NEW YORK – It’s been three months since Giancarlo Stanton stood in the Yankees’ bullpen watching his average drop below .200. I knew I had a lot of work to do during the vacation.
“I can’t be as productive as I am this season, so there have to be changes,” Stanton said on Sept. 20.
Stanton’s plan to improve his performance focuses on regaining his athletic ability, including improving his physical condition. Stanton had some mobility issues last season, especially during the second half, when he reduced his movements on the bases and on defense to avoid lower-body injuries.
“I think you’ll see a smaller Giancarlo,” Bombers manager Aaron Boone said. “He’s always been in great shape, but at this stage of his career, being a little bit lighter would be good for him. I think it’s something he knows he wants to do.”
Stanton, 34, finished his sixth season in New York with a career-worst .191 average, hitting just 24 home runs and driving in 60 runs in 101 games. He suffered a left hamstring strain on April 15 that kept him out until early June. Boone and others were hoping Stanton would catch fire with the bat, but it didn’t happen.
The organization’s frustration became somewhat apparent in November, when general manager Brian Cashman praised Stanton as a great hitter when healthy, but noted that Stanton “will probably get hurt again, because it seems to be part of his game.”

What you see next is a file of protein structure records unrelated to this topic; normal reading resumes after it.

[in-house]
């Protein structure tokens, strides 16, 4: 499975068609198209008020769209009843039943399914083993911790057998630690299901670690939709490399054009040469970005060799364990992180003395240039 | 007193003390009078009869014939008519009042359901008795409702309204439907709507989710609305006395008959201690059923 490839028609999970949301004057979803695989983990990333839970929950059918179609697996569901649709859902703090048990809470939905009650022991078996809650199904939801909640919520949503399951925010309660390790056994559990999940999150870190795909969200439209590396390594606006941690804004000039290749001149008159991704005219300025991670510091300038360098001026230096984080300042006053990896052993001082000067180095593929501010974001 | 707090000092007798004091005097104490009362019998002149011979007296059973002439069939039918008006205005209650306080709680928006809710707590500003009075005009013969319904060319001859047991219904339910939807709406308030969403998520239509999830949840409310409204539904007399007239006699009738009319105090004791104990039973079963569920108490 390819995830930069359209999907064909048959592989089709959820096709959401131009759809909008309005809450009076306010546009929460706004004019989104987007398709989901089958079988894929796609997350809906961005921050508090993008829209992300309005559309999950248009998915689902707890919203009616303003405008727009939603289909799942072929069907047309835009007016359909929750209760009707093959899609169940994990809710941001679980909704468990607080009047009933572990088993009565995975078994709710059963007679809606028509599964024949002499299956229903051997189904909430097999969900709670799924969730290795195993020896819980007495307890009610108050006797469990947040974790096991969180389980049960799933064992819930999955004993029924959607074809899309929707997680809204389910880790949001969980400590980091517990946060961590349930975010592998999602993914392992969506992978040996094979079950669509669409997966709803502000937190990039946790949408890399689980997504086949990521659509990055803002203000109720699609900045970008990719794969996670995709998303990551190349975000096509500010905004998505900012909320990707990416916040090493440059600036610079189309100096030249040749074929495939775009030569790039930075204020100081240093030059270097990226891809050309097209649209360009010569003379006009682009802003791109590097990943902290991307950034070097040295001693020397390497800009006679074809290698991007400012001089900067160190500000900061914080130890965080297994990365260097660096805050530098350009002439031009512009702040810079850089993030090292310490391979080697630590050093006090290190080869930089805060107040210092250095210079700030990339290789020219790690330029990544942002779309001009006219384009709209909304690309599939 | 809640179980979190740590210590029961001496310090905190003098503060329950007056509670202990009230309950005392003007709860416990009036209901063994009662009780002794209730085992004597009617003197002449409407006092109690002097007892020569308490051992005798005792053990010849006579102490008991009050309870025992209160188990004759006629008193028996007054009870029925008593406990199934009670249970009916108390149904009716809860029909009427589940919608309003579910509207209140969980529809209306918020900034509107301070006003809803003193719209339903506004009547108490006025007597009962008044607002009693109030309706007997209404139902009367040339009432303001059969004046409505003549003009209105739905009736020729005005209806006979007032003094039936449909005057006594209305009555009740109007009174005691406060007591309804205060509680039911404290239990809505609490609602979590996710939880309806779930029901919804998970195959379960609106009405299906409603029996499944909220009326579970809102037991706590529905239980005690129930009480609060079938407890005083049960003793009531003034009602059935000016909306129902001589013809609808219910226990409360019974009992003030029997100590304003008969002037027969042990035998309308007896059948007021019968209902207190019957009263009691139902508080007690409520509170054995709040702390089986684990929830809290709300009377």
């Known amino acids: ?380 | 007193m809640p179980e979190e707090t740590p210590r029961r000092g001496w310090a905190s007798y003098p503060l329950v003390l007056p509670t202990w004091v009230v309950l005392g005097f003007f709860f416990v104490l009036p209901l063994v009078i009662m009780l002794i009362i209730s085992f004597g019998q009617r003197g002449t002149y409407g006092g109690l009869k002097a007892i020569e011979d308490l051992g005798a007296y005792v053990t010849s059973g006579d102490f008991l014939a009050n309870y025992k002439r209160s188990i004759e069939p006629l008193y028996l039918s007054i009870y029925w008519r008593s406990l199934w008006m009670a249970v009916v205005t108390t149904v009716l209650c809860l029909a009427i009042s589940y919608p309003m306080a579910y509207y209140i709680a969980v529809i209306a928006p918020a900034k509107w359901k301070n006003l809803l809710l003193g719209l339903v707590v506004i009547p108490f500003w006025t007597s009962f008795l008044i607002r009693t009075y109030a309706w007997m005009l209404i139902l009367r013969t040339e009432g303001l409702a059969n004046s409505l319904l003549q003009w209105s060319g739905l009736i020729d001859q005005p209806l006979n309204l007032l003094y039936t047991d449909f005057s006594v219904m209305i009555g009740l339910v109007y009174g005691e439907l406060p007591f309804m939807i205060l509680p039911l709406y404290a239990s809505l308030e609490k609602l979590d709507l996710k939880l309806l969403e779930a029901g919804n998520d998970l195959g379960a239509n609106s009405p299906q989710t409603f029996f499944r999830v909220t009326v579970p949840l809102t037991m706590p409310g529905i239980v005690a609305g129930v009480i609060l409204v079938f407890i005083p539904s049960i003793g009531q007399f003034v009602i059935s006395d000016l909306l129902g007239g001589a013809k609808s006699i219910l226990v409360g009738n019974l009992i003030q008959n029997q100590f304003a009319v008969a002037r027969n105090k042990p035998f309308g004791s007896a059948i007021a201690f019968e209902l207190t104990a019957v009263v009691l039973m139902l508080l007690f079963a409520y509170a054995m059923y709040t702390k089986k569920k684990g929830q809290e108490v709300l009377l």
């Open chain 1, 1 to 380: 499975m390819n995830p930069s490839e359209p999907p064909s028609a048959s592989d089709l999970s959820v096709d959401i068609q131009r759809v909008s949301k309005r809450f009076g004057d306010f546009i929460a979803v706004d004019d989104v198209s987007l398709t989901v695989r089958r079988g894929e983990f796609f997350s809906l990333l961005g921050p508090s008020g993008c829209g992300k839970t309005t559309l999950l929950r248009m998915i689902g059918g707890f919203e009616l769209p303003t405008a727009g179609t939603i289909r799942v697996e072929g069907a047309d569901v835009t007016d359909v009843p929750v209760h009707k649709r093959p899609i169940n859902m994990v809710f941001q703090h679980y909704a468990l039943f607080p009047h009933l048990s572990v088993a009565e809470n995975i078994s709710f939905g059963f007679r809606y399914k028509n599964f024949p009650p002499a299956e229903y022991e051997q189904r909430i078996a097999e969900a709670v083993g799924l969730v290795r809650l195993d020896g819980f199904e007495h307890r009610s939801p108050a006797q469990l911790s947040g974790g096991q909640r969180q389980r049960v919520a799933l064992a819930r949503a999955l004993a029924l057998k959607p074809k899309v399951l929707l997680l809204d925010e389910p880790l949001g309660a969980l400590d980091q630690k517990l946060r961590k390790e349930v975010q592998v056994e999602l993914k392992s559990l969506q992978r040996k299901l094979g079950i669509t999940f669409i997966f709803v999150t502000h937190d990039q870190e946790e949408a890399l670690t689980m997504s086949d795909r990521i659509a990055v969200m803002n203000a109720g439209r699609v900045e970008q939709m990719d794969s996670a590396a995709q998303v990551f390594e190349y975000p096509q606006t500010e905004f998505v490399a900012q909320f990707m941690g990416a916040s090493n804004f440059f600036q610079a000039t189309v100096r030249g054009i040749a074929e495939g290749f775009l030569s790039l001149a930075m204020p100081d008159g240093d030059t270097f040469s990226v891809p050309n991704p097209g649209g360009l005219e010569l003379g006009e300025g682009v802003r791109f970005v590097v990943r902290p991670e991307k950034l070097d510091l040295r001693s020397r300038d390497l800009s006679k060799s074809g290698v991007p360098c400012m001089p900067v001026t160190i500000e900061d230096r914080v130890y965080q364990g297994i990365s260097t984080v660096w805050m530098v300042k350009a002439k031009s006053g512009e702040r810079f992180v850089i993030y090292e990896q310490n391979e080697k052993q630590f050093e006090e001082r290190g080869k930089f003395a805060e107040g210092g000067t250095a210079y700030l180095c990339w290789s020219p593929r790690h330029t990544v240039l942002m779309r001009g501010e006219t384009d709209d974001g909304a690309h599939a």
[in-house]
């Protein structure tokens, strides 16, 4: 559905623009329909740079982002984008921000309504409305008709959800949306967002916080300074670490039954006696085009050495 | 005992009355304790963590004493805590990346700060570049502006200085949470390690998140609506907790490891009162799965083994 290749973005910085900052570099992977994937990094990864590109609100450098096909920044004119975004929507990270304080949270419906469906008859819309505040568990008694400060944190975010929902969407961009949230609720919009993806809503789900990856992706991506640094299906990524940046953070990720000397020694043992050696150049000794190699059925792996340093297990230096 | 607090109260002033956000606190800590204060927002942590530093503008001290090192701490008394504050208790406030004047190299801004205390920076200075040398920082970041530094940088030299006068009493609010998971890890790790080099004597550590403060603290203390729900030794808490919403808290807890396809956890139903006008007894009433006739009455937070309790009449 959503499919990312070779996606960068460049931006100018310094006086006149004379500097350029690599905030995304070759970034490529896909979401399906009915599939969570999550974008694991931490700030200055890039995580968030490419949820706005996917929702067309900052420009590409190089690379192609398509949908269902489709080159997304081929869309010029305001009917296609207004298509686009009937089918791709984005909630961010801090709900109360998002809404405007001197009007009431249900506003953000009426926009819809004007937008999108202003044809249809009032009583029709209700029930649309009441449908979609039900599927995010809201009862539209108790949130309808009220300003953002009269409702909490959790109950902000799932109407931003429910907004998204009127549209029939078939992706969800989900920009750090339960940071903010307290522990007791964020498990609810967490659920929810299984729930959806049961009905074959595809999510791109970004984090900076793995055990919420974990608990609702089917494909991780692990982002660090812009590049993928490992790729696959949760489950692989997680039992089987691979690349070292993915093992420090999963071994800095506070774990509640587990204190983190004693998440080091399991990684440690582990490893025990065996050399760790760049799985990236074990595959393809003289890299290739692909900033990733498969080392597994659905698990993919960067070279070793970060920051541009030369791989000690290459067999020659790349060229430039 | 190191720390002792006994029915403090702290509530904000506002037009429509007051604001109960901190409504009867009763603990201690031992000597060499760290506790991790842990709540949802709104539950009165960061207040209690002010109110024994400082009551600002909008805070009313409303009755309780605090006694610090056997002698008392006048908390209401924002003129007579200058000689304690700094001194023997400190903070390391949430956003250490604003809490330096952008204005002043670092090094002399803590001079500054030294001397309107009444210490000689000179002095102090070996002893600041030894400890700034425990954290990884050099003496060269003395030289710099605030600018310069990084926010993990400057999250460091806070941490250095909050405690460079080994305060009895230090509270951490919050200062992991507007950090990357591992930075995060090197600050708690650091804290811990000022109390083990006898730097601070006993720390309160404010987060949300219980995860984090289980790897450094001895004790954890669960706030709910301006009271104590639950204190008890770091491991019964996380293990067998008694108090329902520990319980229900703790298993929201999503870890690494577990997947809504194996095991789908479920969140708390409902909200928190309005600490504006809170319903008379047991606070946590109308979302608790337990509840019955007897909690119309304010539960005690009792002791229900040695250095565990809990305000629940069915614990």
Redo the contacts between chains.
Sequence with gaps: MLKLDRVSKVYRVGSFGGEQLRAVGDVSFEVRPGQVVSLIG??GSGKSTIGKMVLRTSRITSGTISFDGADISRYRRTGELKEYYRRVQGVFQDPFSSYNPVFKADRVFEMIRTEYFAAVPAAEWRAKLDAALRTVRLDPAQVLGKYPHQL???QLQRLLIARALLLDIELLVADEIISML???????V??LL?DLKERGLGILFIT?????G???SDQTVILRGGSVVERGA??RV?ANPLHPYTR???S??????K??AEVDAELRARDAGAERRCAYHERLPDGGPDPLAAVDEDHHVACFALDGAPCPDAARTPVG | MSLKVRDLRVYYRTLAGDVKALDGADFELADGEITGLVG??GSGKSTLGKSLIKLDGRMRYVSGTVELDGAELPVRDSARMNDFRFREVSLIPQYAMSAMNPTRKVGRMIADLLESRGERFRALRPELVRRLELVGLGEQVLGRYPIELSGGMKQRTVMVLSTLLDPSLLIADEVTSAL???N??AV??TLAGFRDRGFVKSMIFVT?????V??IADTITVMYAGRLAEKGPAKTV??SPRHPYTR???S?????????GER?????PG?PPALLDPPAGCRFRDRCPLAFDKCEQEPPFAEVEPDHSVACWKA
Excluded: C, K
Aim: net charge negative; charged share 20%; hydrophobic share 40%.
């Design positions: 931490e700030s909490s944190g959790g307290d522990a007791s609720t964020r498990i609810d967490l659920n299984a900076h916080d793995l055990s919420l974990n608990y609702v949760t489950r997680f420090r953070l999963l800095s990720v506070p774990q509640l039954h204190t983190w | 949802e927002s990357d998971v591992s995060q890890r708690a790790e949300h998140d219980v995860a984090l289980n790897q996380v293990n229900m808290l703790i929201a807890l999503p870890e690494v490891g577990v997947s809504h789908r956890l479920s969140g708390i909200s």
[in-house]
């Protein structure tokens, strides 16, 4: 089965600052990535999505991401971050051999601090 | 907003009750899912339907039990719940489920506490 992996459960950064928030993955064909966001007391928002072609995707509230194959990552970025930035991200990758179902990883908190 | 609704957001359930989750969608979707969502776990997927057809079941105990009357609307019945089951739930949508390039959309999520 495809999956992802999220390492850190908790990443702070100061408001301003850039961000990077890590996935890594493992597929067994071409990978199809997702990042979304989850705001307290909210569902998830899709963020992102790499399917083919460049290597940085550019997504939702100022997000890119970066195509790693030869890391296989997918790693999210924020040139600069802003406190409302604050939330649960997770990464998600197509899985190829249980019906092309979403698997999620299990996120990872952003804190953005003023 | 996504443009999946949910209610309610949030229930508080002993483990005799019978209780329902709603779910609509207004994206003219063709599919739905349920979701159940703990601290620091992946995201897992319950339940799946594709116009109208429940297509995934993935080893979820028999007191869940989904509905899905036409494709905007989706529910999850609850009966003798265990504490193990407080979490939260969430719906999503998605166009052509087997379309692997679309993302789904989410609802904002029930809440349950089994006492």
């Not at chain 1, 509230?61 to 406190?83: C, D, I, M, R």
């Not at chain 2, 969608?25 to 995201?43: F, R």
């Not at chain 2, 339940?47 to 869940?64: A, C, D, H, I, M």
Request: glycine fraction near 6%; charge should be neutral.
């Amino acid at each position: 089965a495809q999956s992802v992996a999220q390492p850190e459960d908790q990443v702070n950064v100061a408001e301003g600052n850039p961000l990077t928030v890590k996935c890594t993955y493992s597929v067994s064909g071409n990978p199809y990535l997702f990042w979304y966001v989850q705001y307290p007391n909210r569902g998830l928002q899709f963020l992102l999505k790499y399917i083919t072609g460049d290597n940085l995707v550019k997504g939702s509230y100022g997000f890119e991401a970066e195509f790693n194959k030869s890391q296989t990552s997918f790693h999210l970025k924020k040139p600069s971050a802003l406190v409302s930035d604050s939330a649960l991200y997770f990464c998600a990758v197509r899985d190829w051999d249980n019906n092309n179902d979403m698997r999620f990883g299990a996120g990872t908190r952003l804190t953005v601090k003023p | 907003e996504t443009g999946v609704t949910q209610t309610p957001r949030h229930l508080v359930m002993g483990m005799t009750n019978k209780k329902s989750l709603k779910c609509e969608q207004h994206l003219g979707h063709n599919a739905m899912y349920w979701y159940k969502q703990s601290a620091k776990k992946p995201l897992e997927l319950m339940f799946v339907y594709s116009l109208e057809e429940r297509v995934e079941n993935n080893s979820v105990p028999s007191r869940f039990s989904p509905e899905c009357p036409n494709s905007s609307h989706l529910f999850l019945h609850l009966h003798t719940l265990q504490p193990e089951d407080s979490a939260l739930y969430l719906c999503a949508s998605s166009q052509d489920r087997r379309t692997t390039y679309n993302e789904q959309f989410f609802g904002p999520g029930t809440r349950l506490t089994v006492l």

The statement forced Cashman and Stanton’s agent, Joel Wolfe, to meet to clear the air. And with a no-trade clause and nearly $98 million in Stanton’s contract over the next four years, it is beneficial for both sides to maintain a cordial relationship.
However, Cashman’s honesty may provide more motivation for Stanton this season. Neither Boone nor Cashman provided details about Stanton’s regimen this winter.
With Alex Verdugo, Aaron Judge and Juan Jose Soto expected to patrol the Yankees’ outfield – with Gold Glove winner Trent Gresham also on the team – Stanton’s innings in the outfield will be sparse going forward. 2024. As always, Stanton’s biggest impact will be with the bat.
However, Boone noted that Stanton’s plan to lose some weight could help him become “more athletic on the bases and not just as a backup on the field, but as a good option out there. “I think that’s going to be important for him.”
“The only thing I can say is that he works extremely hard,” Boone concluded. “He’s always been a very focused person and player. I would say he’s very focused on making sure he goes out and has a season worthy of Giancarlo. The truth is I think he has a great year ahead of him.”
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